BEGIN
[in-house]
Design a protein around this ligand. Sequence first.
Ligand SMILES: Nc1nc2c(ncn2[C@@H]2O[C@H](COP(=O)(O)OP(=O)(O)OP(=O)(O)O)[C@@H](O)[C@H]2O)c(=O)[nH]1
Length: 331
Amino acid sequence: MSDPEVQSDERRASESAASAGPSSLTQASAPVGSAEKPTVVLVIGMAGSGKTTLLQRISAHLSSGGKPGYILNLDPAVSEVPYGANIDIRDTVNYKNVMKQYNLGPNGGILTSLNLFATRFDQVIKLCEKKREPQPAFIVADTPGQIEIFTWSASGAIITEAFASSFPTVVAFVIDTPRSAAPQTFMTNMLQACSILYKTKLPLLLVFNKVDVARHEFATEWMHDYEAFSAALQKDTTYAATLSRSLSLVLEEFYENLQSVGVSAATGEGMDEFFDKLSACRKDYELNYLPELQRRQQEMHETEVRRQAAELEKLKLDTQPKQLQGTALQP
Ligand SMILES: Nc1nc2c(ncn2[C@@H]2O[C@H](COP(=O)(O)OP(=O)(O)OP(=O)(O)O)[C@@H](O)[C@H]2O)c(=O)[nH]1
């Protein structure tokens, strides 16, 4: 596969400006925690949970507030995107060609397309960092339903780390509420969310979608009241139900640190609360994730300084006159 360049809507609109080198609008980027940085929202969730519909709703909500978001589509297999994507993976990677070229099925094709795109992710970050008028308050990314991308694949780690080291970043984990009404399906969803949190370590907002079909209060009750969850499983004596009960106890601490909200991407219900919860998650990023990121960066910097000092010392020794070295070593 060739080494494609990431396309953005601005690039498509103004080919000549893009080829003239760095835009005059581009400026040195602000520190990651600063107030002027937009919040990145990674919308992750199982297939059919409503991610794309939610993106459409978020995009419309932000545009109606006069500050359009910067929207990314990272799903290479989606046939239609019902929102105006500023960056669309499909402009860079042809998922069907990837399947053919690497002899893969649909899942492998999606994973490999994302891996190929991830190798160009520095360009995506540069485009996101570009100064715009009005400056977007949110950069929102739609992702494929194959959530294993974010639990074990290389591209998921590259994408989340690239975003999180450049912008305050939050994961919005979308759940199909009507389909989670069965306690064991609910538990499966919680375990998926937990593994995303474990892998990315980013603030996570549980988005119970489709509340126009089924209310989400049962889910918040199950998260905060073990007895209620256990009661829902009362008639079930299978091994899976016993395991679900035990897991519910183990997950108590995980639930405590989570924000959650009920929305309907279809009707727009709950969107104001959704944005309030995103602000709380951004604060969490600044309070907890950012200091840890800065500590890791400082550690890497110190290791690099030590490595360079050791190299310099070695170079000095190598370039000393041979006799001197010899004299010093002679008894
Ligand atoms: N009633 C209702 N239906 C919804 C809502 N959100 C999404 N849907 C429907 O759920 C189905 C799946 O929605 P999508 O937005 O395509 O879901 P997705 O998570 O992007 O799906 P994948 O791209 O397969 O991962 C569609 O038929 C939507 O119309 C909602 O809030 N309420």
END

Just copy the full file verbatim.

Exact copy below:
[in-house]
Design a protein around this ligand. Sequence first.
Ligand SMILES: Nc1nc2c(ncn2[C@@H]2O[C@H](COP(=O)(O)OP(=O)(O)OP(=O)(O)O)[C@@H](O)[C@H]2O)c(=O)[nH]1
Length: 331
Amino acid sequence: MSDPEVQSDERRASESAASAGPSSLTQASAPVGSAEKPTVVLVIGMAGSGKTTLLQRISAHLSSGGKPGYILNLDPAVSEVPYGANIDIRDTVNYKNVMKQYNLGPNGGILTSLNLFATRFDQVIKLCEKKREPQPAFIVADTPGQIEIFTWSASGAIITEAFASSFPTVVAFVIDTPRSAAPQTFMTNMLQACSILYKTKLPLLLVFNKVDVARHEFATEWMHDYEAFSAALQKDTTYAATLSRSLSLVLEEFYENLQSVGVSAATGEGMDEFFDKLSACRKDYELNYLPELQRRQQEMHETEVRRQAAELEKLKLDTQPKQLQGTALQP
Ligand SMILES: Nc1nc2c(ncn2[C@@H]2O[C@H](COP(=O)(O)OP(=O)(O)OP(=O)(O)O)[C@@H](O)[C@H]2O)c(=O)[nH]1
């Protein structure tokens, strides 16, 4: 596969400006925690949970507030995107060609397309960092339903780390509420969310979608009241139900640190609360994730300084006159 360049809507609109080198609008980027940085929202969730519909709703909500978001589509297999994507993976990677070229099925094709795109992710970050008028308050990314991308694949780690080291970043984990009404399906969803949190370590907002079909209060009750969850499983004596009960106890601490909200991407219900919860998650990023990121960066910097000092010392020794070295070593 060739080494494609990431396309953005601005690039498509103004080919000549893009080829003239760095835009005059581009400026040195602000520190990651600063107030002027937009919040990145990674919308992750199982297939059919409503991610794309939610993106459409978020995009419309932000545009109606006069500050359009910067929207990314990272799903290479989606046939239609019902929102105006500023960056669309499909402009860079042809998922069907990837399947053919690497002899893969649909899942492998999606994973490999994302891996190929991830190798160009520095360009995506540069485009996101570009100064715009009005400056977007949110950069929102739609992702494929194959959530294993974010639990074990290389591209998921590259994408989340690239975003999180450049912008305050939050994961919005979308759940199909009507389909989670069965306690064991609910538990499966919680375990998926937990593994995303474990892998990315980013603030996570549980988005119970489709509340126009089924209310989400049962889910918040199950998260905060073990007895209620256990009661829902009362008639079930299978091994899976016993395991679900035990897991519910183990997950108590995980639930405590989570924000959650009920929305309907279809009707727009709950969107104001959704944005309030995103602000709380951004604060969490600044309070907890950012200091840890800065500590890791400082550690890497110190290791690099030590490595360079050791190299310099070695170079000095190598370039000393041979006799001197010899004299010093002679008894
Ligand atoms: N009633 C209702 N239906 C919804 C809502 N959100 C999404 N849907 C429907 O759920 C189905 C799946 O929605 P999508 O937005 O395509 O879901 P997705 O998570 O992007 O799906 P994948 O791209 O397969 O991962 C569609 O038929 C939507 O119309 C909602 O809030 N309420």